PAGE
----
It hasn’t been that long since we all moved home to stay healthy. For many, working remotely has become a new way of life.
There are a lot of things to love about working remotely:
- Short commute
- Sleep longer
- Less stress
- More time with the family
- More flexibility with your schedule
While you may be adjusting nicely to your new schedule, your car may be undergoing changes of its own. Your normal routine used to have you on the road an hour or more each day. Now you’re lucky if you drive for an hour a week.
Does it matter? Will your car stay healthy when it doesn’t run every day?
Maintain a routine
If you read your owner’s manual, you’ll find that almost every maintenance item comes with a mileage indicator:
- Timing belts between 60,000 and 100,000 miles
- Air cabin filters around 15,000 miles
- Wiper blades once a year
Of course, your vehicle’s maintenance routine may differ, depending on your make and model.
These are guidelines. They base them on averages. The US Department of Transportation has found that the average driver travels just under 13,000 miles annually. This equates to 1,060 miles per month, or about 35 miles per day.
If you’re working remotely, that 35 miles may seem exceptionally high. You may be lucky to drive 35 miles per week. But does that mean your car’s components will last two, three, or four times as long because you’re not driving?
Many components wear down whether you drive daily or not. Liquids and oils can degrade my lack of movement. Rubber can become hard and crack. Belts can become stiff. Metal can rust and corrode.
While many major components may still have a long life, it’s a good idea to stick with a routine maintenance schedule to ensure everything is working its best. Many drivers adapt a seasonal maintenance plan – bring it in before summer and winter to ensure every system works at its best. Then, when you do need your car, you’ll be sure it’s working as best as possible.
Change your motor oil
The old rule of thumb used to be to change your motor oil every 3,000 miles or 3 months, whichever came first. Because technology has improved everything about how we drive, those guidelines have changed, depending on the vehicle you drive. Many now state you can wait as long as 10,000 miles or 12 months, depending on your car. Check your owner’s manual for guidelines.
Motor oil should be monitored and changed based on mileage and time. That’s because oil degrades whether you’re driving your vehicle or not. Oil becomes less effective as it ages. If it’s not warming up regularly, excess moisture may be forming. This can lead to engine damage and failure over time.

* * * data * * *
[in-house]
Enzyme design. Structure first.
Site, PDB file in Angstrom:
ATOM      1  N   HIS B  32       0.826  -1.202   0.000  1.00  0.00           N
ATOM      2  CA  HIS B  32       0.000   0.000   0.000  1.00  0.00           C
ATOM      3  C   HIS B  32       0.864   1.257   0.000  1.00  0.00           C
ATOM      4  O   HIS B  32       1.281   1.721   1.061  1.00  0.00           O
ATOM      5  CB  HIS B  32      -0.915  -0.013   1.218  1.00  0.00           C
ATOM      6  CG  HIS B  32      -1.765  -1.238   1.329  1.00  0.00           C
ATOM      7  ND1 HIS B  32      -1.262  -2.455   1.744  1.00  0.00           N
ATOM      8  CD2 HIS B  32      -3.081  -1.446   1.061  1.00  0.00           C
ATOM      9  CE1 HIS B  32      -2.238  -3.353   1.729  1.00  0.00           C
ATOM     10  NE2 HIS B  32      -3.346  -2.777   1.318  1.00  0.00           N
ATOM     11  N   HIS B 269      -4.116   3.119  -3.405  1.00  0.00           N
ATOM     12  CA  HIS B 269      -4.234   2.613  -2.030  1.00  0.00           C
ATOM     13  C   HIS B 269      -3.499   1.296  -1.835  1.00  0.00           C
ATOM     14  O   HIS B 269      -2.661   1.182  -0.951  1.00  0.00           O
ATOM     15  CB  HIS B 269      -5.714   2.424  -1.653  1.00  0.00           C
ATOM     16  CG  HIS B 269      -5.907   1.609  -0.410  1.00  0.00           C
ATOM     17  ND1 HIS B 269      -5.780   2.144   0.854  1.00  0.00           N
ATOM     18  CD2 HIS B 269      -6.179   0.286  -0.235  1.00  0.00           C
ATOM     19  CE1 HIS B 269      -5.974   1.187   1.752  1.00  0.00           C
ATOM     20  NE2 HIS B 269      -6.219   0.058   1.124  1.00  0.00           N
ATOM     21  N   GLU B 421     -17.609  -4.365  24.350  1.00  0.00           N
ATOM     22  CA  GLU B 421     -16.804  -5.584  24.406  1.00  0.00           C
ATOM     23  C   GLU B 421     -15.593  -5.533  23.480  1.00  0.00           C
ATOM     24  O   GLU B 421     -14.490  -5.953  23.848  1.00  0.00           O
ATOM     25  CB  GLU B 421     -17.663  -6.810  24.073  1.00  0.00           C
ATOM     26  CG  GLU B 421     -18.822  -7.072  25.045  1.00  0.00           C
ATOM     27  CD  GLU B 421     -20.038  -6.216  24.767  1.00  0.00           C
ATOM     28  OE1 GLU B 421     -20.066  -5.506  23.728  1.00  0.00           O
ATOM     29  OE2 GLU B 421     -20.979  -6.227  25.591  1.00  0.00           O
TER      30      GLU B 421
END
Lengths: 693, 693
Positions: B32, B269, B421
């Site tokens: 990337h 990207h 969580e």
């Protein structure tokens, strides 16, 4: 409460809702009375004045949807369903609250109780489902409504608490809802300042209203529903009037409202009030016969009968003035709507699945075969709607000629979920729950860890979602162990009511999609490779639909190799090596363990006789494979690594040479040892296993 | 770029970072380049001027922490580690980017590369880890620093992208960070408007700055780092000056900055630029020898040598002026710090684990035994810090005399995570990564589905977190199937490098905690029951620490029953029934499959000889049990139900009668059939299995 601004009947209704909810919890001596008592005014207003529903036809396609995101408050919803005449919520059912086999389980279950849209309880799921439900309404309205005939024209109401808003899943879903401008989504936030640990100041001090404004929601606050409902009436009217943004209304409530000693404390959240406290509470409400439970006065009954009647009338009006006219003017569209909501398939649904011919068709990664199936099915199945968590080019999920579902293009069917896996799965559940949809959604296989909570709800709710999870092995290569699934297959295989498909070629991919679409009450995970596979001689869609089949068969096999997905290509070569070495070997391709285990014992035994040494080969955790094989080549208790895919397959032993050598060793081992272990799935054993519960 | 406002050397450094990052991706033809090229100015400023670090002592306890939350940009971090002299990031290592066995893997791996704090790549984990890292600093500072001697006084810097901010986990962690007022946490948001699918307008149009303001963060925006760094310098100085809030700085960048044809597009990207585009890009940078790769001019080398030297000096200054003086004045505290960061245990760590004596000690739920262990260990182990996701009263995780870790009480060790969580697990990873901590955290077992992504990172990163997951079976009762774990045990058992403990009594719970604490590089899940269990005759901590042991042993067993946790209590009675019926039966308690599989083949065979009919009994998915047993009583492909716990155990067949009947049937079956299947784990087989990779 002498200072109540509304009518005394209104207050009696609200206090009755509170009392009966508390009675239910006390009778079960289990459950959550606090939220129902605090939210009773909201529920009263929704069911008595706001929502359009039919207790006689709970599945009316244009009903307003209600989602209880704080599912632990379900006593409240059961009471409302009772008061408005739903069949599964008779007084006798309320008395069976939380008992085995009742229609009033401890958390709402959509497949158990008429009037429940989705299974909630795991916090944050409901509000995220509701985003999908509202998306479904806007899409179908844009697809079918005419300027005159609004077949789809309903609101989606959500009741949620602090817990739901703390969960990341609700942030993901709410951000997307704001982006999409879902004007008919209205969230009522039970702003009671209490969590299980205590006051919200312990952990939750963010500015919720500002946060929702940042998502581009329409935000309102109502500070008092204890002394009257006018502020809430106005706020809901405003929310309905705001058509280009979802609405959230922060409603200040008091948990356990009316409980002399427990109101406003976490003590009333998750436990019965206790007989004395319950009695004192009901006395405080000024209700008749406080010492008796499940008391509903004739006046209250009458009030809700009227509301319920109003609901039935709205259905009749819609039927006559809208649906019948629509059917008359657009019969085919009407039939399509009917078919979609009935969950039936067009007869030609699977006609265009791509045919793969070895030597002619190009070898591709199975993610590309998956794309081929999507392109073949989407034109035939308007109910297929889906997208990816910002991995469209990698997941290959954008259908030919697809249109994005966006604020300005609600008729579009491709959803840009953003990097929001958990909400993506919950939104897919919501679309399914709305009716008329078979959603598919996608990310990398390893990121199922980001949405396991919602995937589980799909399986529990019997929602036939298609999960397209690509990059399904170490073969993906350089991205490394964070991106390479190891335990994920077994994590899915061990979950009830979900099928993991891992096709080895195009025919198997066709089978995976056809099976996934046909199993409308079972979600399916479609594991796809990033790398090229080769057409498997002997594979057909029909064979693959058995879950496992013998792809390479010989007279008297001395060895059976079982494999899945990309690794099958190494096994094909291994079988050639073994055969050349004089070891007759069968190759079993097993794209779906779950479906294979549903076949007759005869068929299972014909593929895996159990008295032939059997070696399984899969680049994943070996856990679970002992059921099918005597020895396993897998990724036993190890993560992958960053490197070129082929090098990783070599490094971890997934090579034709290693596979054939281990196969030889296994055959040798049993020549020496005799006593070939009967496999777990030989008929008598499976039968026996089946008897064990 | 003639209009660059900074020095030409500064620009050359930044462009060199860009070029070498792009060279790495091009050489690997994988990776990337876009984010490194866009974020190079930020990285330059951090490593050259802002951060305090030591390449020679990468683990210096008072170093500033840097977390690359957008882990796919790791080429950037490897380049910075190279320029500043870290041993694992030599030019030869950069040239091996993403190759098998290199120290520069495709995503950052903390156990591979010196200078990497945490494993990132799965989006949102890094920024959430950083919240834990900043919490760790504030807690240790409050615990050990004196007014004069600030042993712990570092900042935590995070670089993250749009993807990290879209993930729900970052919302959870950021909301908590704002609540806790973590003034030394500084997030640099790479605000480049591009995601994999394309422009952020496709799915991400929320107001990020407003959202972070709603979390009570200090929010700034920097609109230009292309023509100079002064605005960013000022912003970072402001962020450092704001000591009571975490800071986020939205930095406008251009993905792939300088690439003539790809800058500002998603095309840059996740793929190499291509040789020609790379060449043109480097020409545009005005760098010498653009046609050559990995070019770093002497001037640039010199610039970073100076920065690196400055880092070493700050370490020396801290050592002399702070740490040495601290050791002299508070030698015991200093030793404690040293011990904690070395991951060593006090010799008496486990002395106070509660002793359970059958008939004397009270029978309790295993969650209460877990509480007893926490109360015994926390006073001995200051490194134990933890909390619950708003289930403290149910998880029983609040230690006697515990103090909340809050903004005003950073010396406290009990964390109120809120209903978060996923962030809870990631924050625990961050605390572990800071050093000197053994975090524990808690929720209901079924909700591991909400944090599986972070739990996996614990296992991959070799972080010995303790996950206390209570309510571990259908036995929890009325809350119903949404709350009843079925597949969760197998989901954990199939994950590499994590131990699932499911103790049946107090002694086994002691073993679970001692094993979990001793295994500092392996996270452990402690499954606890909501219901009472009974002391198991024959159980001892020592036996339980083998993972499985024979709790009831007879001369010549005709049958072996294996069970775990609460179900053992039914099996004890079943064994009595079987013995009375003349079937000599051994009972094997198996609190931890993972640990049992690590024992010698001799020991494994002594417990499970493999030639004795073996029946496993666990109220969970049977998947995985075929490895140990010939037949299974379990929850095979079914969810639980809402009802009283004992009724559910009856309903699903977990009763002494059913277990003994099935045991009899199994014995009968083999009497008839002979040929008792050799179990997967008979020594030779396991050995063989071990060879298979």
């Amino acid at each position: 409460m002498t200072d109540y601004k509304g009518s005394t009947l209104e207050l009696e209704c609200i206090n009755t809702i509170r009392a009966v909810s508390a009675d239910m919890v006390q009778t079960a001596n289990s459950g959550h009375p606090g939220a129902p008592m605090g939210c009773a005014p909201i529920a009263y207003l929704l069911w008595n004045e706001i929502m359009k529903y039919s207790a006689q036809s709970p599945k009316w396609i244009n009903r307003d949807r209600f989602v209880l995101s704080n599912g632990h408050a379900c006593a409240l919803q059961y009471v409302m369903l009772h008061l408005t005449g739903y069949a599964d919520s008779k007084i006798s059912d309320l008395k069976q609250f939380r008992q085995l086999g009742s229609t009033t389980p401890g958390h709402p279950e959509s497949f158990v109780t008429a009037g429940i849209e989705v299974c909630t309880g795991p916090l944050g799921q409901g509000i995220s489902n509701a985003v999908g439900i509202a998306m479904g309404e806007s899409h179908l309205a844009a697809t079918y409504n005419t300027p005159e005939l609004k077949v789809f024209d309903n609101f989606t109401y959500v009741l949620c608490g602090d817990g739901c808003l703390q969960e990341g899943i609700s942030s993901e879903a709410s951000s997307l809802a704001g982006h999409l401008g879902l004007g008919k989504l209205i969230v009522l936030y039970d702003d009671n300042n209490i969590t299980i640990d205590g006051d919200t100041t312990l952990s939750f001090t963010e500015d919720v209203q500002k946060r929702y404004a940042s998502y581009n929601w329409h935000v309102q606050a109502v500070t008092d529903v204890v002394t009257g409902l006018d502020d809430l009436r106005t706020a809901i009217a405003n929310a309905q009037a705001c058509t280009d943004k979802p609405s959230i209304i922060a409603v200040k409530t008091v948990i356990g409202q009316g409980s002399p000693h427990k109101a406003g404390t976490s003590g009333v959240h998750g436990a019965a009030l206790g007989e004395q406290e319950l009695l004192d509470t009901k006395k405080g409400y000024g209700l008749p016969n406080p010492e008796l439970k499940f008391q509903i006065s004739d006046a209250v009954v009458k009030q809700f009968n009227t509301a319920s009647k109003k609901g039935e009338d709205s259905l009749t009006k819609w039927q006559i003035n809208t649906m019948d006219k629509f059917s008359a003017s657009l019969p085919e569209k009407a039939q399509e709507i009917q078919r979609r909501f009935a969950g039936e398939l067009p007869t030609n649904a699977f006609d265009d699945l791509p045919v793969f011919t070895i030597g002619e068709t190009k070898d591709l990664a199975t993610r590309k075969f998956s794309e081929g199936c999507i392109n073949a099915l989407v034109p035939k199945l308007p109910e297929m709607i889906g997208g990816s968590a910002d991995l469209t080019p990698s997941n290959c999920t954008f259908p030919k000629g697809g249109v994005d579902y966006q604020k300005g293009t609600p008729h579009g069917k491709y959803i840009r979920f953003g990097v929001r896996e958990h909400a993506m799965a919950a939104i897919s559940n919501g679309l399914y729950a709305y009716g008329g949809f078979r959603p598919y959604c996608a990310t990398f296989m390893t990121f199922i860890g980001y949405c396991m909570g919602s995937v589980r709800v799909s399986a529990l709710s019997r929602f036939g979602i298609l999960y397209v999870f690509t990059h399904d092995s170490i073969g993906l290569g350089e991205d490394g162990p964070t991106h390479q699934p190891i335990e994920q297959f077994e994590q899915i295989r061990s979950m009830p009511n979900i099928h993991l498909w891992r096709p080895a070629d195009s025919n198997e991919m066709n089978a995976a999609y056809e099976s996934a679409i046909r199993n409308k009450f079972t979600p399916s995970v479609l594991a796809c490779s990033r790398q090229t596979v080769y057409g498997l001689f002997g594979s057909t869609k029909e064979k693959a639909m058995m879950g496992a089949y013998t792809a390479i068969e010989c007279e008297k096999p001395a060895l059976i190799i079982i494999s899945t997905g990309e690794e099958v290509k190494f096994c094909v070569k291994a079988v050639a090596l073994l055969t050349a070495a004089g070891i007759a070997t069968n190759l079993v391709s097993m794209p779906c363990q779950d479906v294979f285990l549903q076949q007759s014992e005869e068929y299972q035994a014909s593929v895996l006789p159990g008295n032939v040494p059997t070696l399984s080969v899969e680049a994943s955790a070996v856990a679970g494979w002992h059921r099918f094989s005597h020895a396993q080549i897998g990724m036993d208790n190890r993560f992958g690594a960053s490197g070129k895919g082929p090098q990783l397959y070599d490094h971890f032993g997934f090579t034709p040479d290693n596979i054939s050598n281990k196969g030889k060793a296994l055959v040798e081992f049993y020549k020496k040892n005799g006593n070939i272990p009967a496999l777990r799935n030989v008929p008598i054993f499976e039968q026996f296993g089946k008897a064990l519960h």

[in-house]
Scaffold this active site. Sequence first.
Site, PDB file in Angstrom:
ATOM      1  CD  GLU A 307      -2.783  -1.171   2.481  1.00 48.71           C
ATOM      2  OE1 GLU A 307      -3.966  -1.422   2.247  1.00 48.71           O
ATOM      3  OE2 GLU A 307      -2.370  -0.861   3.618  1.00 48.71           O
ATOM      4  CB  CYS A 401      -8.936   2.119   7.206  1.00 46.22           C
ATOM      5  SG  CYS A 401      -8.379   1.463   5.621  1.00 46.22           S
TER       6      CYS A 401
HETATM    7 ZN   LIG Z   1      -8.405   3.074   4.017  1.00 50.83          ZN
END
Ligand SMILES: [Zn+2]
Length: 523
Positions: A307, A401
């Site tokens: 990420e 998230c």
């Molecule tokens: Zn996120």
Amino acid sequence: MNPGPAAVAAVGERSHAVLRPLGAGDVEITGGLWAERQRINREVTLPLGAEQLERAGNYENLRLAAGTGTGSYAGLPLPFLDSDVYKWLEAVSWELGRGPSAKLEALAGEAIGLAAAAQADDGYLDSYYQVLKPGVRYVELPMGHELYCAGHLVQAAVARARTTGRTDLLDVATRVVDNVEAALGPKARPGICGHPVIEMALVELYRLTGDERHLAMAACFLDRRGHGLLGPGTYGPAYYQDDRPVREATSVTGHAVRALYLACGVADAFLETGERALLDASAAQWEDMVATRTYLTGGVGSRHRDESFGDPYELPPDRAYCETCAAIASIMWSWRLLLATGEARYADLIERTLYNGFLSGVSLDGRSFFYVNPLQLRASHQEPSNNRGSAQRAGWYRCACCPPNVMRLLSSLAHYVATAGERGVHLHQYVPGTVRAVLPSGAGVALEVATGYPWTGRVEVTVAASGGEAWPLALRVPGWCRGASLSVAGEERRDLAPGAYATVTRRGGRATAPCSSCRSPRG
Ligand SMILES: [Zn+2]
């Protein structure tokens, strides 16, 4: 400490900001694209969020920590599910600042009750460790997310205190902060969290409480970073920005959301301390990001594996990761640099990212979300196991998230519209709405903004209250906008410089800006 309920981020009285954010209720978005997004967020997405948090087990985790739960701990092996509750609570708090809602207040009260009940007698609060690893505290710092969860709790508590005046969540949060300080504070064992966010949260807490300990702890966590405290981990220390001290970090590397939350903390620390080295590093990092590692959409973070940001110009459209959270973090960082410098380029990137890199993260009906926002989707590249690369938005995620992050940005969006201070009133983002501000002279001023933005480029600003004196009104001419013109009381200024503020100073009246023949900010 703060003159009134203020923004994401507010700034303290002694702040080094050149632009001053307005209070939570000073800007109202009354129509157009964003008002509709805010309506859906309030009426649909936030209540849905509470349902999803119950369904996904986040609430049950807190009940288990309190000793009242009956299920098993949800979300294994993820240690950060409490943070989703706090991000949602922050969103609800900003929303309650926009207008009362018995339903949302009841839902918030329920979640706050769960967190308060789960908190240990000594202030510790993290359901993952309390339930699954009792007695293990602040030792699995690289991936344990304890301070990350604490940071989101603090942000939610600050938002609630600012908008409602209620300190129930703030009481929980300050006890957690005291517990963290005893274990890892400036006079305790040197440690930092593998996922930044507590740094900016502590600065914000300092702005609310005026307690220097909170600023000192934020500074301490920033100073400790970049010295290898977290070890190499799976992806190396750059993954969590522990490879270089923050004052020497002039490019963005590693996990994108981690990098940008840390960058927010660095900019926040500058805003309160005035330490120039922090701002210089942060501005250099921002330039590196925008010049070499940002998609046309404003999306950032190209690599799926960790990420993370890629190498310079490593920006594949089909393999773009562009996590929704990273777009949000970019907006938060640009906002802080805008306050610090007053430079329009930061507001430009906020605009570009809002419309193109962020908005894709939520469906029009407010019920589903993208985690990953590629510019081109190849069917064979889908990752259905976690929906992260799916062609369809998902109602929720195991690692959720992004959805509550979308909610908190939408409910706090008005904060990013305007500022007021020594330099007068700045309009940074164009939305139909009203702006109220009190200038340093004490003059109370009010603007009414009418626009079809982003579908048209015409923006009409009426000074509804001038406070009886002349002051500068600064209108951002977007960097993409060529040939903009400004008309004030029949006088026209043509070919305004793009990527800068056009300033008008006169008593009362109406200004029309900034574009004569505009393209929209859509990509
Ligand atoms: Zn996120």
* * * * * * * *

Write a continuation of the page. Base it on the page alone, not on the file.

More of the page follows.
Check your battery
When you purchase a new battery for your car, it quotes its lifespan in years, usually 3 to 7 years. Over time, as a battery wears down, it starts losing its charge. The longer you leave it, the greater chance of having it not start.
Most car batteries are SLI – starting, lighting, and ignition. SLI batteries provide short bursts of power to run your engine, lights, and other accessories. Once the battery brings the engine to life, power is continually supplied via the alternator.
This process keeps the battery charged and ready every time. Leaving it sit means it doesn’t have a chance to receive these bursts of energy, which keeps the battery charged. It can also allow buildup and corrosion around the terminals of the battery.
Check your tires
Use it or lose it. That’s great advice for people. It’s also great advice for most components on your vehicle, tires included.
Today’s vehicles can weigh thousands of pounds. When you drive regularly, they rotate, redistributing that weight over and over again. When you leave your car sitting, the same spot presses against the flat ground, which can cause flat spotting.
The air around your car changes daily. Here in Colorado, it’s easy to have 30, 40, or 50 degree temperature swings in just a few hours. As the temperatures heat and cool, your tire’s compounds change. Air pressure adjusts as well. Over time, this can lead to flat spots in different areas of your tires. You may not visibly see them, but they will impact the structure of your tires.
You’ll notice it as vibrations while you drive. It can impact the way you steer. Flat spots can occur in as few as thirty days, especially when temperatures change drastically from day to day.
Keep your tank filled
If you’re not driving much, why fill the tank with expensive gas? There are a lot of benefits to keeping your tank filled, even when you’re not driving much.
Today’s fuel systems are air-tight and function well. They are designed to help keep condensation from building, and keep your fuel tank in good condition. However, water starts to appear the longer fuel sits in a vehicle. If it has space to accumulate, the chances accelerate. Then when temperatures turn cold, this water buildup may freeze. That will prevent your car from starting when you head out to drive.
If you are spending more time at home, driving occasionally is a good idea to get all systems working efficiently. Head into the mountains for a weekend drive. Or plan various errands from time to time, helping every system function, including fuel to move through the system. Keeping the fuel pump working extends its life, and prevents potentially costly repairs.
The bottom line
Cars are meant to be used. Parts stay in good working condition when they are put into action regularly.
It doesn’t take much; running and doing errands will keep each part working well.
Regular maintenance routines should continue based on mileage and time. When in doubt, have a mechanic check it out. An a-ok ensures everything is operating well. And you won’t face expensive problems down the road.